by The Curious Scribbler
Among the papers belonging to Elisabeth Inglis Jones is the draft manuscript of a talk she was putting together in later years which reflects upon her career as a writer of novels, biographies and articles. It includes reference to her last book on Augustus Smith of Tresco Abbey, so must have been delivered after 1969, when Miss Inglis jones would have attained seventy years of age. It commences with an account of her first novel, set in her native Wales, and the bruising experience that it set in train.
It is best recorded in her own words. “In April 1929, Starved Fields came out, nicely bound in grey with green lettering. But my joy and delight at seeing it in print was quickly obliterated by the storm which broke over my unhappy head. The widely read South Wales newspaper, The Western Mail immediately launched a full page scarifying attack on the book and its author. This did not gratify my parents who until then had been somewhat elated by my achievement. Then when a favourable review appeared in our local paper it only served to spark off a spate of indignant letters – a correspondence which went on in print for some weeks, and was very embarrassing. Worse still everybody began pinning names to my characters and one irate lady, an old family friend, wrote furiously to my mother saying the kindest thing to think of me was that I was suffering from a diseased mind.
Then suddenly the gales of wrath abated thanks to a certain Mr Herbert Vaughan, a very erudite man and the author of several books, who was related to a great many of our neighbours. His tastes were wholly dissimilar to those of his Cardiganshire cousins who held him in great respect. He had been much amused by Starved Fields and wrote me a very kind and encouraging letter, besides broadcasting his praise of it to all and sundry. Coming from such a literary authority as he was, his relations had to pipe down and we were soon on good terms again…”
Herbert Vaughan had himself published, three years earlier The South Wales Squires (Methuen 1926) an anecdotal history which had also been ill received locally because of the eccentricities he revealed. However he was of consequence in the region and had held the honour of High Sheriff of Cardiganshire in 1916, so his dismissal of the Western Mail’s as ‘spiteful and misleading’ will indeed have carried some weight.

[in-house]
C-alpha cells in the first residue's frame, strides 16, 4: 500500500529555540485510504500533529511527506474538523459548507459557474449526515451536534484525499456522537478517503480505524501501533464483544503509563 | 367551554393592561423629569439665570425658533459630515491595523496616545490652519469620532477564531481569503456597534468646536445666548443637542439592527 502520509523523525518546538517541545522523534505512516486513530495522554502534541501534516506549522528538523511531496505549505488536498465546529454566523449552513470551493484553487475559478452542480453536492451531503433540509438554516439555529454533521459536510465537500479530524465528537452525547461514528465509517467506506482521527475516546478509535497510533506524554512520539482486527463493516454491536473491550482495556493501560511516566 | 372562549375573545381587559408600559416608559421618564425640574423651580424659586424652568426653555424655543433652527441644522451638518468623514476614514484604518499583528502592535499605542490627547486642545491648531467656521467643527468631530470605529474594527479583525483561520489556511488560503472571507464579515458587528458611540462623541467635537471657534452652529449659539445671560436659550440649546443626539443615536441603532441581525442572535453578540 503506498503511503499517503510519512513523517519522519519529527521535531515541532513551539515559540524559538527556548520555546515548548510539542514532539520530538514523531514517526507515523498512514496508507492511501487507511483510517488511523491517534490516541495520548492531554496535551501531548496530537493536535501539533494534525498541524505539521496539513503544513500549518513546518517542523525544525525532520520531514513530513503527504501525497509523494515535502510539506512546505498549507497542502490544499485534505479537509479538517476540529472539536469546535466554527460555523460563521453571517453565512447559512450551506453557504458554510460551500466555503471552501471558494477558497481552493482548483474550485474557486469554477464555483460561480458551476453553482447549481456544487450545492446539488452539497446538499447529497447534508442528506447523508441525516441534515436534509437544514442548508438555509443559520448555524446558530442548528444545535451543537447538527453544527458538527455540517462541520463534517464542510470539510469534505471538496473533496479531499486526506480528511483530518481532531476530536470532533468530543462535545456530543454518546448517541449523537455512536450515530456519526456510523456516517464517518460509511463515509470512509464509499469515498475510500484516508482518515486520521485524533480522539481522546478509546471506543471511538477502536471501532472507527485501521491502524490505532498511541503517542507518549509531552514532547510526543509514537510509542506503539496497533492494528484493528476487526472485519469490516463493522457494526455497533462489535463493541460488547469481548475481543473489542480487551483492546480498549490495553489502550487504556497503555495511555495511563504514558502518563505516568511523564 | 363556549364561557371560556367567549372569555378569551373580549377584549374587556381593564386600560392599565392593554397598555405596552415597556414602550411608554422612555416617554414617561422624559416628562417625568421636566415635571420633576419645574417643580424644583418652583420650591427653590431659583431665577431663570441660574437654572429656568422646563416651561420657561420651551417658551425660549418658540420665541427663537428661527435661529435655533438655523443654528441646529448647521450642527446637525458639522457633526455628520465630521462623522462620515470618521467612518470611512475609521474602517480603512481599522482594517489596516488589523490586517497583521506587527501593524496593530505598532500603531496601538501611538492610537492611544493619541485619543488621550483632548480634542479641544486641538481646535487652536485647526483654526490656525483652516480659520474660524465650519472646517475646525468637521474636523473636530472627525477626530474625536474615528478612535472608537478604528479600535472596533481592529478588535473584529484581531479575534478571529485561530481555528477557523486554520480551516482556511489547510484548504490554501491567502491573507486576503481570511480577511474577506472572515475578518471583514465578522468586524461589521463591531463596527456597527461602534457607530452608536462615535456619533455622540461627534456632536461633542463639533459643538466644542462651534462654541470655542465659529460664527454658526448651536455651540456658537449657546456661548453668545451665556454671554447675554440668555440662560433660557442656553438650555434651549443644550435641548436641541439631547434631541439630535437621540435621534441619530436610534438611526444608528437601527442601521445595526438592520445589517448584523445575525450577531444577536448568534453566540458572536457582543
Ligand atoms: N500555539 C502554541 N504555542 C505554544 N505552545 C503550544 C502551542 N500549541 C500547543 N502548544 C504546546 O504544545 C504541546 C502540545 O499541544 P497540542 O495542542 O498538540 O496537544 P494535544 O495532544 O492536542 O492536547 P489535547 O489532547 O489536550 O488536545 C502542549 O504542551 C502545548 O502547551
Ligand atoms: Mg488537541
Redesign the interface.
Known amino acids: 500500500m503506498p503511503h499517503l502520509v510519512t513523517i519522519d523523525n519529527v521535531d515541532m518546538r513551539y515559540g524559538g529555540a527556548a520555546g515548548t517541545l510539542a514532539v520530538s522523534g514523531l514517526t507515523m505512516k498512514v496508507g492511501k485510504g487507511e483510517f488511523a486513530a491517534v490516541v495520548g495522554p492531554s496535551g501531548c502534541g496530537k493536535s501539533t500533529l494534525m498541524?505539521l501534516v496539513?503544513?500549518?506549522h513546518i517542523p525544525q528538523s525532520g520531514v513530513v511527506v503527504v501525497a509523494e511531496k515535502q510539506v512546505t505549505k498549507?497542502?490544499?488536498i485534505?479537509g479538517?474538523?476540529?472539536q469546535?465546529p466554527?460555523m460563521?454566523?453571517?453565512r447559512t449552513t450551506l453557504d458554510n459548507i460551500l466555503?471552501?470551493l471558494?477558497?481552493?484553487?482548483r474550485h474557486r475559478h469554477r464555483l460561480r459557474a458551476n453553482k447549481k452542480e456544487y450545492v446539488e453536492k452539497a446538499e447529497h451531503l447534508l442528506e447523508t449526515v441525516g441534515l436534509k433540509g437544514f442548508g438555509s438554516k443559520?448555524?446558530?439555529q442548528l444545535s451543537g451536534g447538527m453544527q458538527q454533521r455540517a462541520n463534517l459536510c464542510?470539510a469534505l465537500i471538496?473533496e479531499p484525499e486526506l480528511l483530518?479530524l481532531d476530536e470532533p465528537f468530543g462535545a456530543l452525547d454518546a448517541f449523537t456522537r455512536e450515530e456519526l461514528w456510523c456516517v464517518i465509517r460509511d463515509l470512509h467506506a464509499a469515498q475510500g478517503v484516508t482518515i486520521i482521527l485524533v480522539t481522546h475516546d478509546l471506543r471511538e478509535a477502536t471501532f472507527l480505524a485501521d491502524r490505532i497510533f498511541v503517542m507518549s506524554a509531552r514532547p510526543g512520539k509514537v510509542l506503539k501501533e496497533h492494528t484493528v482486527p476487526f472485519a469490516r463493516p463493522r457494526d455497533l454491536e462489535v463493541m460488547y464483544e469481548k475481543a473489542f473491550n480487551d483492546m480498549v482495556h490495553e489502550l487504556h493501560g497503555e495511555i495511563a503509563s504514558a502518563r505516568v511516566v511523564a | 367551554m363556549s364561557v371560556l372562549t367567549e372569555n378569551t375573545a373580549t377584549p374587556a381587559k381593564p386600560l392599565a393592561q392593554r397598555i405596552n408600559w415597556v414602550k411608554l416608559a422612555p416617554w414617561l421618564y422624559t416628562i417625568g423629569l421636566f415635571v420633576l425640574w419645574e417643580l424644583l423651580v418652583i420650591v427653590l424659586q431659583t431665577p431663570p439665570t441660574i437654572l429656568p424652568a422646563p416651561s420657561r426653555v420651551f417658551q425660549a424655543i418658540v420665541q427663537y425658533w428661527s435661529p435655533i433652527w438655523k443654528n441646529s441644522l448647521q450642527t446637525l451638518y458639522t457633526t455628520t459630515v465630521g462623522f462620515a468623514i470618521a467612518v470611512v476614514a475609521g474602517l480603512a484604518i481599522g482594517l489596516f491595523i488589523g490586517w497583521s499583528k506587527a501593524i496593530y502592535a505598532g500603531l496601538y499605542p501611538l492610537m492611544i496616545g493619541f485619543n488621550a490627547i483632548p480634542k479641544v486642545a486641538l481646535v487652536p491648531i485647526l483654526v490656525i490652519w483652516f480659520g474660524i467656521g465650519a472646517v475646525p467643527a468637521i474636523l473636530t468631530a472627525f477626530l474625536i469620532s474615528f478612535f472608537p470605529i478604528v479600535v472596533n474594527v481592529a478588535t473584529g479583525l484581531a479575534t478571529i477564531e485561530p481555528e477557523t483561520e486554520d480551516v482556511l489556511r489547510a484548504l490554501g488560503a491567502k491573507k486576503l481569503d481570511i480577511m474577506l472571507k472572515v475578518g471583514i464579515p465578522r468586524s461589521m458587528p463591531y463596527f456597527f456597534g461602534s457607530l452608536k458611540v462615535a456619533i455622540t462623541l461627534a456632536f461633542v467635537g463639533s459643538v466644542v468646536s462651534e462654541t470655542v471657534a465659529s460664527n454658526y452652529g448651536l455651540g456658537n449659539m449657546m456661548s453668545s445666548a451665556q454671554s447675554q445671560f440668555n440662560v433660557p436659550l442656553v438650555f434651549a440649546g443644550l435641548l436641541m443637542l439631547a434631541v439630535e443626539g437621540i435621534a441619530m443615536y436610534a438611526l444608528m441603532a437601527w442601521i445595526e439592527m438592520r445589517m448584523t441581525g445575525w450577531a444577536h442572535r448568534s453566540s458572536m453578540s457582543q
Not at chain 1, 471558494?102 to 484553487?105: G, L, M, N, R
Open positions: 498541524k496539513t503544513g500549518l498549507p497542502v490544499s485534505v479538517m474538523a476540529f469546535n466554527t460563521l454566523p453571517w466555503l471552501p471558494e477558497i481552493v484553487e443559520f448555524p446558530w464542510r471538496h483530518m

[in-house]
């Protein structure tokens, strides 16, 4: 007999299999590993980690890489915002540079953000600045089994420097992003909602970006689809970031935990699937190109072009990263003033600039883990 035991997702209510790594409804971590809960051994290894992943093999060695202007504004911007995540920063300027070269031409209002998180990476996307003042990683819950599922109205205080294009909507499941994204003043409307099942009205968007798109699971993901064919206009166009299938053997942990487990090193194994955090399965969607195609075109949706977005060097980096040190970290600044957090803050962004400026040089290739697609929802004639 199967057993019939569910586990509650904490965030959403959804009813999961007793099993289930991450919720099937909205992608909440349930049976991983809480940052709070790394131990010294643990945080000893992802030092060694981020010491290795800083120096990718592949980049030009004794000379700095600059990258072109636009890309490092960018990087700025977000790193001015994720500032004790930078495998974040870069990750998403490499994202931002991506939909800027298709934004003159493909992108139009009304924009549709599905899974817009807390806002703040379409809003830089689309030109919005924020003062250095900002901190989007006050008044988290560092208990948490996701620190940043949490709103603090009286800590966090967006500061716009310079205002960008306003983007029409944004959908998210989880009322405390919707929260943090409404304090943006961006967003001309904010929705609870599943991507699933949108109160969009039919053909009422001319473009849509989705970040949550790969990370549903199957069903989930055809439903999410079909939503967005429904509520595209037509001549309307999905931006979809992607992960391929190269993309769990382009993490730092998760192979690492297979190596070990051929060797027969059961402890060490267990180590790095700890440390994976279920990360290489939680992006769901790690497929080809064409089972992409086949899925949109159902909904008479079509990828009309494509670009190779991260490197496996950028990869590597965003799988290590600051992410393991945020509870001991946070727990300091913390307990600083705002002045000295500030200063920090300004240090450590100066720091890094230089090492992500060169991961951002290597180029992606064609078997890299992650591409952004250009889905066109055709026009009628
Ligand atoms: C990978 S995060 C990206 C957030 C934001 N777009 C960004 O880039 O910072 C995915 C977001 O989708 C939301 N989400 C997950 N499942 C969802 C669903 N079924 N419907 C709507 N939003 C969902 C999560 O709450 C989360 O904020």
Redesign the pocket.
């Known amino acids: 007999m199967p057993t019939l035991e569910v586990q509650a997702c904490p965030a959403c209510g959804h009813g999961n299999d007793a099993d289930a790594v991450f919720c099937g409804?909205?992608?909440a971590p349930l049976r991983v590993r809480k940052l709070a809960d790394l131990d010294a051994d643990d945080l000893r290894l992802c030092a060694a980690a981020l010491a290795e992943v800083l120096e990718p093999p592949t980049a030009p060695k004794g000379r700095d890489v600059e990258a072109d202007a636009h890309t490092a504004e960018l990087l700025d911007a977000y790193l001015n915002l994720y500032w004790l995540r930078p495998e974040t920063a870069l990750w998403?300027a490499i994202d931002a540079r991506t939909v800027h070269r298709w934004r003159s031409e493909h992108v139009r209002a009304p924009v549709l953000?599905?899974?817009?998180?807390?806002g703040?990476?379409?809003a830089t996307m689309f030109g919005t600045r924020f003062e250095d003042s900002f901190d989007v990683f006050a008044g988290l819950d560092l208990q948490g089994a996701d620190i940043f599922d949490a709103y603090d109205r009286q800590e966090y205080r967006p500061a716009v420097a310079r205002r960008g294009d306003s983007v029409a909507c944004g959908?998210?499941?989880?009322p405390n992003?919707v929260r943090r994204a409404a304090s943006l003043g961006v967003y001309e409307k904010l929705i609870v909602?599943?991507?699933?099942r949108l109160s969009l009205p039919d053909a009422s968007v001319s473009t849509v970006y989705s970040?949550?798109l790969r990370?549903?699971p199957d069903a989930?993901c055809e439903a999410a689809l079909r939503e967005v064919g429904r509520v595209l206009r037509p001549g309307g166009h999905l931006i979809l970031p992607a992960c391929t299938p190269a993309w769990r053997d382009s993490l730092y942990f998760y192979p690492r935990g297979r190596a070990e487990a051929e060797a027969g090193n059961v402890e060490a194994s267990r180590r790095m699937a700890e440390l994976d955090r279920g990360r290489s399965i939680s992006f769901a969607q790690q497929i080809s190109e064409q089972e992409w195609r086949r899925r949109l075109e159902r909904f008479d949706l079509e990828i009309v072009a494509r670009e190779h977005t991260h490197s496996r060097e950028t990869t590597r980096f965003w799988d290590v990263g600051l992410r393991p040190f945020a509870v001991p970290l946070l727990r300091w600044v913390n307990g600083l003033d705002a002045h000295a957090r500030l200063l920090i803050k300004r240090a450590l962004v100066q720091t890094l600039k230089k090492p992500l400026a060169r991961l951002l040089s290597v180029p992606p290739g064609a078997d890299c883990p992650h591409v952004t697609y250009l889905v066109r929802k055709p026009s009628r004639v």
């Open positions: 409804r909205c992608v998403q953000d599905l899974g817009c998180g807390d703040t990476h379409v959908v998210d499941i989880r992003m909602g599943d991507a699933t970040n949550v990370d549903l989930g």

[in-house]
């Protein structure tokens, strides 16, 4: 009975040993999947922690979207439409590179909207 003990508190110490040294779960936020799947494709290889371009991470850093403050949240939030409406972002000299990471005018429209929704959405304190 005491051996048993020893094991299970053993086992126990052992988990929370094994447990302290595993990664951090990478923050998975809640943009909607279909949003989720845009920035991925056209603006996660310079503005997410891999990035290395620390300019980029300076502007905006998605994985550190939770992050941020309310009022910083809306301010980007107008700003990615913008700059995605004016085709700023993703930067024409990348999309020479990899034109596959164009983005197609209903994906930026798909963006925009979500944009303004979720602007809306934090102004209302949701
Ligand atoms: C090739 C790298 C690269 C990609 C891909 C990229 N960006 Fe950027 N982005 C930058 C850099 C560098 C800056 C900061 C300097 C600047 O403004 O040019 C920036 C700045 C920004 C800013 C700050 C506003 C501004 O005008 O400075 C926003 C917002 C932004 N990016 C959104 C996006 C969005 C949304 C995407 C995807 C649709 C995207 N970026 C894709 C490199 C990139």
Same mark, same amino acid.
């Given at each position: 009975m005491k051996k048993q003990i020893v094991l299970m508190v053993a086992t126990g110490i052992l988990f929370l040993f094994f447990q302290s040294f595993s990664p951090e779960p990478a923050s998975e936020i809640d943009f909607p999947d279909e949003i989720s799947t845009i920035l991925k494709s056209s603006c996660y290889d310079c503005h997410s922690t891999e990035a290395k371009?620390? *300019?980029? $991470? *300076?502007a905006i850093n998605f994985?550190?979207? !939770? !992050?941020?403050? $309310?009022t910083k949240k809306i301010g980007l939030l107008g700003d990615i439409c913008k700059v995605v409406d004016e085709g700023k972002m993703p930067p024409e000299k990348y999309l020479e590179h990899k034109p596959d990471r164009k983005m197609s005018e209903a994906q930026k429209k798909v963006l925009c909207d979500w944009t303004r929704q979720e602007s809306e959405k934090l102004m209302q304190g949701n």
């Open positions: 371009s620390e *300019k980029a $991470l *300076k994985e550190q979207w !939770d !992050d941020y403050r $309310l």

It led me to spend a fruitful afternoon winding through microfilms of the Western Mail in the National Library of Wales in search of this offended and offending review.
The reviewer was Frederick J Mathias and the piece is entitled: A new writer on a Queer Wales. His first priority was to identify the new novelist – “Miss Elizabeth Inglis Jones …. Her story mainly concerns two unkempt Cardiganshire mansions and their derelict and generally disgusting inhabitants.” It is significant that Elizabeth and her publisher had not sought to make her gender obvious, for in the book her byline is E. Inglis Jones. Initials, or an ambiguous cognomen were a common stratagem by which women authors sought to receive a more serious hearing. At a similar time Somerville and Ross ( Experiences of an Irish RM) built a loyal readership of many years before they revealed themselves to be women.
So the odium of writing about flawed Welsh characters is compounded by the revealed identity of the author, and the Western Mail, untypically for a book review, included a head shot of Miss Inglis Jones to press the matter home. After a series of quotations from the book, Mathias concluded “In short in this book Welsh people are not allowed to speak or eat or look or live like ordinary persons. One poor man was even short because he was only five foot nine: surely the tall men must be giants in Tregaron. The story begins in 1896 and yet its barbarism suggests a prehistoric age. This is a pity because with her clever pen Miss Inglis Jones might have created a precedent by doing justice to Wales, instead of providing a sensation for the amusement of her English friends.” In a final flourish the enraged Mathias declared “The Tragedy of Wales is that Thomas Hardy was not a Welshman”.
It is difficult not to picture Frederick Mathias as a short, angry, racist Welshman. He even objected in his synopsis of plot that “The only real gentlemen who appear in the book are Englishmen”. Which is unnecessarily huffy since Inglis Jones’ Englishmen may be politely spoken, and tall, but they are unexciting and spineless creatures who get discarded by the women they court.
The publishers, Constable, responded by placing a large advertisement amongst the following week’s book reviews – A Welsh novel by Welsh author – and an extract from a favourable review.
This advertisement also throws light upon the confusing question of Miss Inglis Jones’ given name. Was she Elizabeth with a z or Elisabeth with an s? Readers of Peacocks in Paradise, who are the most numerous of her present-day fans, will know her with an s. But inspection of her early titles shows that in her first few novels, Starved Fields (1929), Crumbling Pageant (1932) and Pay thy Pleasure (1939) she was Elizabeth with a z. And her supporters and critics in 1929 addressed letters to her as Elizabeth. It seems that not long after moving permanently to London, she adopted the more distinctive spelling by which she is now generally known.
( Elizabeth Inglis Jones’ debut novel is described in the preceding blog)